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Schwarzenegger declares state fiscal emergency
SACRAMENTO, Calif. -- Gov. Arnold Schwarzenegger declared California in a fiscal crisis Thursday and invoked emergency powers so he could impose $150 million in spending cuts without the legislature's approval. The cuts, expected to come largely from social service programs, free up money for city and county governments that have lost more than $300 million since the governor voided an unpopular tripling of the state's car tax. In all, he plans to cut about $150 million in spending by the time the emergency powers expire on June 30, the end of the fiscal year. That's still small change in the context of California's budget woes. If current spending and revenue don't change, the state could face between a $12 billion and $24 billion deficit by the middle of 2005.
California got more bad news from Wall Street on Thursday, when another agency lowered the state's bond rating -- already the lowest of the 50 states -- to just above junk bond status. Schwarzenegger said he was not concerned and expects the rating to rise as his budget plan develops.
Repealing the car tax increase was Schwarzenegger's first official act as governor after voters ousted Democrat Gray Davis in a recall election, but the actor-turned-governor has yet to replace the billions of dollars the tax would have generated for local government services, particularly police and fire services.
The same budget agreement between Davis and the Legislature that increased the car tax gave the governor the one-time power to cut this year's budget without legislative approval.
Some legislators said Thursday they were surprised by Schwarzenegger's emergency declaration and said it is the wrong way to react to budget problems.
"I think a lot of us are worried about where he's going to get the money from," said Democratic Assemblyman Joe Nation. "I don't think you get yourself out of a hole by digging deeper -- his action just means that there will be more devastating cuts down the road."
Although some Democrats have questioned the legality of Schwarzenegger's move, Democratic state Controller Steve Westly -- who will be the one to issue the checks to local officials -- said he supports the idea and believes it is legal.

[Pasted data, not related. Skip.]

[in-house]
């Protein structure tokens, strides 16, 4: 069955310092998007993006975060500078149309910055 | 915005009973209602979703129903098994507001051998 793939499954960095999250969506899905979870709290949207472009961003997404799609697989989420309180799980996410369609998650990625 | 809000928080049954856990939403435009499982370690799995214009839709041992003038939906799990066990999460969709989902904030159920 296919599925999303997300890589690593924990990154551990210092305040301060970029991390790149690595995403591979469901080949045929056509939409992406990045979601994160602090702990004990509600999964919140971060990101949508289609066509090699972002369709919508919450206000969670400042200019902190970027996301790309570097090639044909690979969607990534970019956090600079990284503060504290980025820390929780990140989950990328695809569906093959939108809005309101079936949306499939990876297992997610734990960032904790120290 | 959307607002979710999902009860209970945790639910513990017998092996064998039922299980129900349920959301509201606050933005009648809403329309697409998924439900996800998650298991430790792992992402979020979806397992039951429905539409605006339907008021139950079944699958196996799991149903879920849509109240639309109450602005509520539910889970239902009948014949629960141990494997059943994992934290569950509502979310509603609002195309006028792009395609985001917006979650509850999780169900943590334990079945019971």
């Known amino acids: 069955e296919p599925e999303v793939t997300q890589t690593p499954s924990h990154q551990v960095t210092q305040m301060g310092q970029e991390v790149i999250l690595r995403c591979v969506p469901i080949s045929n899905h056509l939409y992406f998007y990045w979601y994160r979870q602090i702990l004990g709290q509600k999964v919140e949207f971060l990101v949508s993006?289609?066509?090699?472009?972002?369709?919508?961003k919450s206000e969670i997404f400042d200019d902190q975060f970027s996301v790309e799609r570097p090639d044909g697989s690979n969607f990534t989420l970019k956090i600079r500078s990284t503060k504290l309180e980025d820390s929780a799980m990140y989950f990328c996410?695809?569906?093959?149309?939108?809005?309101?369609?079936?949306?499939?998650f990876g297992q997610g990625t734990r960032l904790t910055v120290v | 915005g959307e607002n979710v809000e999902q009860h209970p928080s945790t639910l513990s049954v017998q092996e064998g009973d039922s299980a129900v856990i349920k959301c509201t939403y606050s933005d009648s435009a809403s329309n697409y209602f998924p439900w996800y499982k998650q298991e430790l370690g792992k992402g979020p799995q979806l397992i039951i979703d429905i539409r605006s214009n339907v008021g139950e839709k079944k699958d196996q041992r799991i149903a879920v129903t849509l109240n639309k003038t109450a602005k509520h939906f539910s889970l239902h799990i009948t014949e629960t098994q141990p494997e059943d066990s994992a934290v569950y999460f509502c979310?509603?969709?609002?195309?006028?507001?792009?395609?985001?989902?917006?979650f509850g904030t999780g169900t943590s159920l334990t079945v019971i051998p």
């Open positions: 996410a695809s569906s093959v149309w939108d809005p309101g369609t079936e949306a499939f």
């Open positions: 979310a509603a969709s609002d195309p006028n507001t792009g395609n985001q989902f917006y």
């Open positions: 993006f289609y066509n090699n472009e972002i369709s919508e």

"Our police officers and firefighters must not be held hostage," Westly said. "This is an appropriate but temporary solution. The governor and the Legislature now have six months to cut waste and solve California's fiscal crisis."
Schwarzenegger has sponsored legislation to repay cities and counties with reserve funds, but Democrats -- who form the majority in both houses -- say the state can't afford the expense without imposing deep cuts that they won't do.
Last week, Schwarzenegger reached a bipartisan agreement with Democrats to place a $15 billion bond and new spending limits on the March ballot in the effort to handle the state's multibillion-dollar budget deficit.
However, that move, on top of California's already precarious finances, led to further troubles for the state on Wall Street.
Wall Street rating agency Fitch Ratings lowered the state's bond rating Thursday to just above junk bond status, citing "California's widening budget gap, its intention to increase the amount to be raised from deficit funding and the magnitude of measures necessary to restore balance."
Earlier this year, Moody's Investors Service and Standard & Poor's made similar moves.
The lower credit ratings could cost taxpayers millions in higher interest on the billions of dollars the state will likely need to borrow. If the state's credit falls below junk bond status, big mutual funds won't able to buy California bonds, causing the state to pay even higher interest rates among smaller investors and even risk being unable to raise all the money it needs.